Films include the Conference Center Film, an 18-minute film in the main auditorium that shares the history of the Conference Center and how the building is used. It starts every hour on the hour, and the Salt Lake Temple Orientation Film, a 17-minute film in the Conference Center Little Theater, starting every 30 minutes. It provides information about the construction of the Salt Lake Temple and a welcome to Temple Square.

The Conference Center is open every day between 9 a.m. and 9 p.m. However, it will be closed for tours from Wednesday, Sept. 28, through Monday, Oct. 3, because of the October 2022 general conference. Operating hours for this and other venues on Temple Square will be updated on www.templesquare.org.

Salt Lake Tabernacle

A missionary talks with visitors in the Tabernacle in Salt Lake City on Friday, Sept. 9, 2022.
 Jeffrey D. Allred, Deseret News

The historic Salt Lake Tabernacle, built between 1863 and 1867, is home to The Tabernacle Choir at Temple Square and has the iconic 11,623-pipe organ as a backdrop. 

The world-famous Tabernacle Choir performs in the Conference Center over the summer but has now moved back to the Salt Lake Tabernacle for “Music & the Spoken Word” performances each Sunday at 9:30 a.m.

On most Thursday nights, visitors are welcome to watch the choir rehearse in the Tabernacle at 7:30 p.m.

Each day at noon, 30-minute organ recitals are open to the public. The centurylong tradition includes recitals from Tabernacle and Temple Square organists and guest organists.

Linda Margetts practices the organ in the Tabernacle in Salt Lake City on Friday, Sept. 9, 2022.
 Jeffrey D. Allred, Deseret News

Visitors can walk in and look inside by themselves or visit with a tour run by the Temple Square missionaries.

The Salt Lake Tabernacle is open daily 9 a.m. to 9 p.m. Due to construction on Temple Square, the Tabernacle and Assembly Hall can be accessed by the gates on West Temple. A current map is available here.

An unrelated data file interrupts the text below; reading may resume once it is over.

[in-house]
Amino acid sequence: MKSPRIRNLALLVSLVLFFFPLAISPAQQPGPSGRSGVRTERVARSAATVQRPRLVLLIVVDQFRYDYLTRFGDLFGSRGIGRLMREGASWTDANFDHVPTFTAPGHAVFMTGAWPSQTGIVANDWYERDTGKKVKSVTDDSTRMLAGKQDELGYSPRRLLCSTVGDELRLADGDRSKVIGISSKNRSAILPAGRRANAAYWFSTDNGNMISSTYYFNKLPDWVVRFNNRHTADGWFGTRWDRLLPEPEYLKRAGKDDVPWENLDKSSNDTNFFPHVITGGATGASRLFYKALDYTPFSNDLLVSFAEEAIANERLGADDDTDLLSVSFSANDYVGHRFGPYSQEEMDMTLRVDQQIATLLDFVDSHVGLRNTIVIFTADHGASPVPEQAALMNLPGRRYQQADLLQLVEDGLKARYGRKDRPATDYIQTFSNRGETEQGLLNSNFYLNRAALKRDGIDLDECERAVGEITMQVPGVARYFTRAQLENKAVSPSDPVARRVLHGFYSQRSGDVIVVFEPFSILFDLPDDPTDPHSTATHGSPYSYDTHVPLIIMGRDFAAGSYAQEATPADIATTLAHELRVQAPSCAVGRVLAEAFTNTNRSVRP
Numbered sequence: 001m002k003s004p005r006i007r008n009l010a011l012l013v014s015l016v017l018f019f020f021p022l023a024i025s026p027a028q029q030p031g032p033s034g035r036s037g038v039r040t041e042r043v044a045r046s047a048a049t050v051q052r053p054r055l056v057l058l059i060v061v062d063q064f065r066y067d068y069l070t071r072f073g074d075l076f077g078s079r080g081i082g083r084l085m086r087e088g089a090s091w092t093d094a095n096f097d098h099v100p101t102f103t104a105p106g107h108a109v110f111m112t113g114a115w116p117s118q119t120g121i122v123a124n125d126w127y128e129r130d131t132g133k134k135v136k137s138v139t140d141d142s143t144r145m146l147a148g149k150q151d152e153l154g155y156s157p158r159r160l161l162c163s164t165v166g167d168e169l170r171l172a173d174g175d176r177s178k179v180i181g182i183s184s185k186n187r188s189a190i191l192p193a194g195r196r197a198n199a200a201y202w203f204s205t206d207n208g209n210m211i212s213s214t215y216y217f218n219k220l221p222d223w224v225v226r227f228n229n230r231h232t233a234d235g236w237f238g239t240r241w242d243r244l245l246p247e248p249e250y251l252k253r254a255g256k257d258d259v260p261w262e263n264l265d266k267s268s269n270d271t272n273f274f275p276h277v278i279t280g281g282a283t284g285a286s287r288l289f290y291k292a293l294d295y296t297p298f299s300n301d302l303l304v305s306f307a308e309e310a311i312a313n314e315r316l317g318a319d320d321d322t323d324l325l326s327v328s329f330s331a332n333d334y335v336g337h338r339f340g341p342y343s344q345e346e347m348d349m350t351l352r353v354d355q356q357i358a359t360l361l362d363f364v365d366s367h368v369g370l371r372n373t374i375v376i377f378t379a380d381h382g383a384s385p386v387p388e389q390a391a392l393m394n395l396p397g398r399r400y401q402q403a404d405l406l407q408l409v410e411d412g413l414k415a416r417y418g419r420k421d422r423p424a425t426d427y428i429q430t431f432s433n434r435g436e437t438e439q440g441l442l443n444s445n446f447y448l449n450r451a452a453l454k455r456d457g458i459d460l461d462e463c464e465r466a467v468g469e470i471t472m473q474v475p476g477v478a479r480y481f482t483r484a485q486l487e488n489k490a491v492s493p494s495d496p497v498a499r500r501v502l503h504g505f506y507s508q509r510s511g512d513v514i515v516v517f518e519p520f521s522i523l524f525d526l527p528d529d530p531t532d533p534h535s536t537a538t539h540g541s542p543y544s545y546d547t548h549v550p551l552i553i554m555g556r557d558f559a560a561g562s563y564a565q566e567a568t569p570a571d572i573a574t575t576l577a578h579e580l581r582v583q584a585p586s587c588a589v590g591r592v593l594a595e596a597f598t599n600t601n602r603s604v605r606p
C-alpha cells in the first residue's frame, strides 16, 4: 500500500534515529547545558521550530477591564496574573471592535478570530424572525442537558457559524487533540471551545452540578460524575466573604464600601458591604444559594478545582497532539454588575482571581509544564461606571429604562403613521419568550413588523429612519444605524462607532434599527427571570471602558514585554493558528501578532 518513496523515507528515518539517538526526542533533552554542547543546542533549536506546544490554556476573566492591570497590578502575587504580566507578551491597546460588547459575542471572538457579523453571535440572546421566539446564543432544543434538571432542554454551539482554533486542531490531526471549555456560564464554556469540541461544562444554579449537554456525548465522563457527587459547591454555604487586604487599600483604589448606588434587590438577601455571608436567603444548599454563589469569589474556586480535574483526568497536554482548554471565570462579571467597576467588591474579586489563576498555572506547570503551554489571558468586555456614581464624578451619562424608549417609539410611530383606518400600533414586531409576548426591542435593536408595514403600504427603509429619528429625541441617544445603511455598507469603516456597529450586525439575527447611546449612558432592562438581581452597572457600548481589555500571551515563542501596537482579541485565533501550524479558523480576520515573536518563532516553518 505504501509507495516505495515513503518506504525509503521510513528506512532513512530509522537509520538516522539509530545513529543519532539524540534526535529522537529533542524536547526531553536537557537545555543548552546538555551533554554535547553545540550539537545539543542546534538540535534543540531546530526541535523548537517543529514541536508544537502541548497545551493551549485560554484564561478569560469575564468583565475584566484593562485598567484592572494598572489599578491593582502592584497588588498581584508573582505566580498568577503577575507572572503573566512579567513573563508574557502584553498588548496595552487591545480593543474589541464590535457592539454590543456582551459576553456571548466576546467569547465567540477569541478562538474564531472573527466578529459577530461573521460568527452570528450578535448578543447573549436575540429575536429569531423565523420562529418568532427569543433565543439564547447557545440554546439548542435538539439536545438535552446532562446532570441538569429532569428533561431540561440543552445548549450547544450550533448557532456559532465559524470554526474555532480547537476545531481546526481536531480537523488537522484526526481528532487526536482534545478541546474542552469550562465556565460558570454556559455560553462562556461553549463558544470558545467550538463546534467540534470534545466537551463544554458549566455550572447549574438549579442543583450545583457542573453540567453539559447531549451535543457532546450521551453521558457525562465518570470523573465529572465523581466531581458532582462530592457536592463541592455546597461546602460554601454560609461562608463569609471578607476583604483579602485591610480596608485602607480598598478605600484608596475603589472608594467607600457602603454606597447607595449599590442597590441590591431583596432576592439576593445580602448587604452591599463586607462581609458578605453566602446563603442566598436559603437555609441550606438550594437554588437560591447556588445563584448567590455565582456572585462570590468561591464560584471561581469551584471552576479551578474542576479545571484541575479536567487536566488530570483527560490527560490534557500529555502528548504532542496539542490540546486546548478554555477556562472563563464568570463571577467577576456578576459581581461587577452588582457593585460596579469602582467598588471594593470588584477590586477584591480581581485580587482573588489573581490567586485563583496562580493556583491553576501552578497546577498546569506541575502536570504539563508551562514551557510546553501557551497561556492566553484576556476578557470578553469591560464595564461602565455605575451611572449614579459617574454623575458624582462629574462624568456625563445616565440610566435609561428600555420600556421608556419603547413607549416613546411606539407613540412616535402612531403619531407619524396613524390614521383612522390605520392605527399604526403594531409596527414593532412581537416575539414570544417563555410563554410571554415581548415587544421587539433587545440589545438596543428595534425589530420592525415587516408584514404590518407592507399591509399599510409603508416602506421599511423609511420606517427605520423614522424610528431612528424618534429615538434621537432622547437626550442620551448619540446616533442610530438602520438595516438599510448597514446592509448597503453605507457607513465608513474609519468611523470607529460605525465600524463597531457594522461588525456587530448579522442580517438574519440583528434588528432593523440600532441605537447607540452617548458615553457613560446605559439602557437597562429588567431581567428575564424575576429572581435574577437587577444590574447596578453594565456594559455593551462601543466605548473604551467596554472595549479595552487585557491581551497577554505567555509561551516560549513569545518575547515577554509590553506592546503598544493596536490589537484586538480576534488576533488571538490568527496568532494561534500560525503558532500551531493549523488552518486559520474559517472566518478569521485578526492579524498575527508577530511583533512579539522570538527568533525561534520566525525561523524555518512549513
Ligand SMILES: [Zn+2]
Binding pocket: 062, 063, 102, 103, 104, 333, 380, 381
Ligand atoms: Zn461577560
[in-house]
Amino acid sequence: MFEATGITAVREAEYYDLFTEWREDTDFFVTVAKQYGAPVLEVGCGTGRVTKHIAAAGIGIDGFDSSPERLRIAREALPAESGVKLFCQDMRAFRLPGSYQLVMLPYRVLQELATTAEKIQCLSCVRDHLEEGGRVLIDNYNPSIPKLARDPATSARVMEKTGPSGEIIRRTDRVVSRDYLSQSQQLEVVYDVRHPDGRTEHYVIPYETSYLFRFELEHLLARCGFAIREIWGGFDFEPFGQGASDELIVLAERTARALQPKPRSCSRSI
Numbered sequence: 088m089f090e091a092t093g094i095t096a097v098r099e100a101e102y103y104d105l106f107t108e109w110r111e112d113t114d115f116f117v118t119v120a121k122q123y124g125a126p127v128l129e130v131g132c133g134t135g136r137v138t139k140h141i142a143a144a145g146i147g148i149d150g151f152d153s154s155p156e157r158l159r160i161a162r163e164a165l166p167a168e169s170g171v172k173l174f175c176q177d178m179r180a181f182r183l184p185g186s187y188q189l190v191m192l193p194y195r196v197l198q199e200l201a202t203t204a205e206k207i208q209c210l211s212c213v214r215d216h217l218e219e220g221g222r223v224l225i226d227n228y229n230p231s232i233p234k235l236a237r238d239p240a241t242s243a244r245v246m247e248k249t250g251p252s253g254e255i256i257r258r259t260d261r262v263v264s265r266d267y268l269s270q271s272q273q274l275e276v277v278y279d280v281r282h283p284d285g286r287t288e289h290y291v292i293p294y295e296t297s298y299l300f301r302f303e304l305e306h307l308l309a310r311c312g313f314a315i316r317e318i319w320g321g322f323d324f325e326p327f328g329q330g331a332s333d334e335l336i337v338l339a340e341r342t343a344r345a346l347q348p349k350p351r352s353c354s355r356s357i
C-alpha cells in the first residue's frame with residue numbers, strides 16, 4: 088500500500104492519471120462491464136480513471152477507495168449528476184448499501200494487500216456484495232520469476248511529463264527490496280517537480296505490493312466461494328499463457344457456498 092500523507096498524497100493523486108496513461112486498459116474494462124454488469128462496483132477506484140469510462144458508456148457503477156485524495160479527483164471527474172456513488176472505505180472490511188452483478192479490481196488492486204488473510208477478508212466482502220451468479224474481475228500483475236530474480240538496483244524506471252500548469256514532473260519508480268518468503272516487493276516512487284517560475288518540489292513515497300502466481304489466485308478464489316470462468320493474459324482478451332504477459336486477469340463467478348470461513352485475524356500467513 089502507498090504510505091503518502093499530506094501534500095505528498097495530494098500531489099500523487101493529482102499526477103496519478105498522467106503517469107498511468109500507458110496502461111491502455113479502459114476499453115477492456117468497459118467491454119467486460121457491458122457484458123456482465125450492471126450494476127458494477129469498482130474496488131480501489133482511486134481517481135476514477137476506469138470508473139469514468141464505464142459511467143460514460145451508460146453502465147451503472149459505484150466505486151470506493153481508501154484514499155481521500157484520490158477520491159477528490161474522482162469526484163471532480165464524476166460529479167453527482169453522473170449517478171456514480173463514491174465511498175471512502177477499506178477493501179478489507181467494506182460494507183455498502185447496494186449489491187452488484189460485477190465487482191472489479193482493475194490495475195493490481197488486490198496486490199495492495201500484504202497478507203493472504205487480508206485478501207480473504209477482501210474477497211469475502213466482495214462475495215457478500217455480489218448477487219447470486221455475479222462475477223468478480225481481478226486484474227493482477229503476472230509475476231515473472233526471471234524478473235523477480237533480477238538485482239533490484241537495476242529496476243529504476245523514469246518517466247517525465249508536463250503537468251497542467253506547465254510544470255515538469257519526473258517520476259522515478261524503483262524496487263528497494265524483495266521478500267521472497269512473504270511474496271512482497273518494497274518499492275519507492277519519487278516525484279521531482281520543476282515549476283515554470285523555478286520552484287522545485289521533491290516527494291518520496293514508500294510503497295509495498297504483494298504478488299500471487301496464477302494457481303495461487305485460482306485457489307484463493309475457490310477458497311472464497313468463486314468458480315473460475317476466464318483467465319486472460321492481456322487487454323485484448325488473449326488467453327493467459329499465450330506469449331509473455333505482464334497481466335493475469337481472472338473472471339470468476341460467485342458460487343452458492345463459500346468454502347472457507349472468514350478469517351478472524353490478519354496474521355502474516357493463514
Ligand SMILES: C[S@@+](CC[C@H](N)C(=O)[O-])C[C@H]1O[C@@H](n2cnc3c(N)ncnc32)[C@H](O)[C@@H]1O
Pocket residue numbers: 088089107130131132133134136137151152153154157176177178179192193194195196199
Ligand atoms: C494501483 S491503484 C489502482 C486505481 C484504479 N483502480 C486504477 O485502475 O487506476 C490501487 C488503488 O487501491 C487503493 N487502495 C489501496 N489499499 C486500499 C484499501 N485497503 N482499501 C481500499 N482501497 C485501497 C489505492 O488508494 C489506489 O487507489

Assembly Hall

The Assembly Hall is a historic building finished in 1882 using stone from the same quarry as the Salt Lake Temple. It sits on the southwest corner of Temple Square and is used for lectures, concerts, Ensign College devotionals and as an overflow for general conference and for other meetings. 

The building has original stained-glass windows and a 3,489-pipe organ. Guests can walk in on a self-guided tour between 9 a.m. and 9 p.m. every day or see it on a tour with the missionaries.

nsign College students listen during a program in the Assembly Hall in Salt Lake City on Friday, Sept. 9, 2022.
 Jeffrey D. Allred, Deseret News

Family History Library

The Family History Library is always a big draw for anyone visiting Salt Lake City — it’s the largest genealogical library in the world, with research specialists, volunteers and missionaries who can help patrons and guests in 14 different languages. 

Lynn Turner, the library’s executive director, said patrons and guests can get one-on-one help.

“Maybe you have questions or reached the end of a line for a family and need new ideas or extra help to try to discover them,” Turner said. “We have people that can sit down with you, work you through that and give you different ideas or perspectives on how to face different problems.”

Children, youth and adults will enjoy the Family Discovery Experience. The interactive exhibits use technology and mobile devices to discover more about one’s roots and ancestors.

Other floors in the library include thousands of books, films, archives, recording booths and countless other tools to do genealogical research.

Deanna Ouimette works on genealogy in the Family History Library in Salt Lake City on Friday, Sept. 9, 2022.
 Jeffrey D. Allred, Deseret News

“The biggest regret I hear from people who are coming from out of town is, ‘I should have come earlier,’” Turner said. “Those that came for 20 minutes wished they had planned two hours. Those that had two hours wish they had four.”

Sister Covington as well tells people to plan for spending time in the Family History Library.

“It’s nice to tell people FamilySearch is free; people are really excited about that,” she said, adding that she’s had some people come find her on Temple Square after their visits to the Family History Library and tell her, “It really is free.”

Currently, the Family History Library is open on Mondays 9 a.m.–6 p.m., Tuesday–Thursday: 9 a.m.–8 p.m., Friday and Saturday: 9 a.m.–6 p.m., but hours may change on conference weekend, so guests are encouraged to check familysearch.org/en/library/visit for hours.

Church History Museum

Located next to the Family History Library, the Church History Museum is also free and offers interactive and engaging experiences for visitors of all ages to discover the history of The Church of Jesus Christ of Latter-day Saints and the legacies of its members around the world.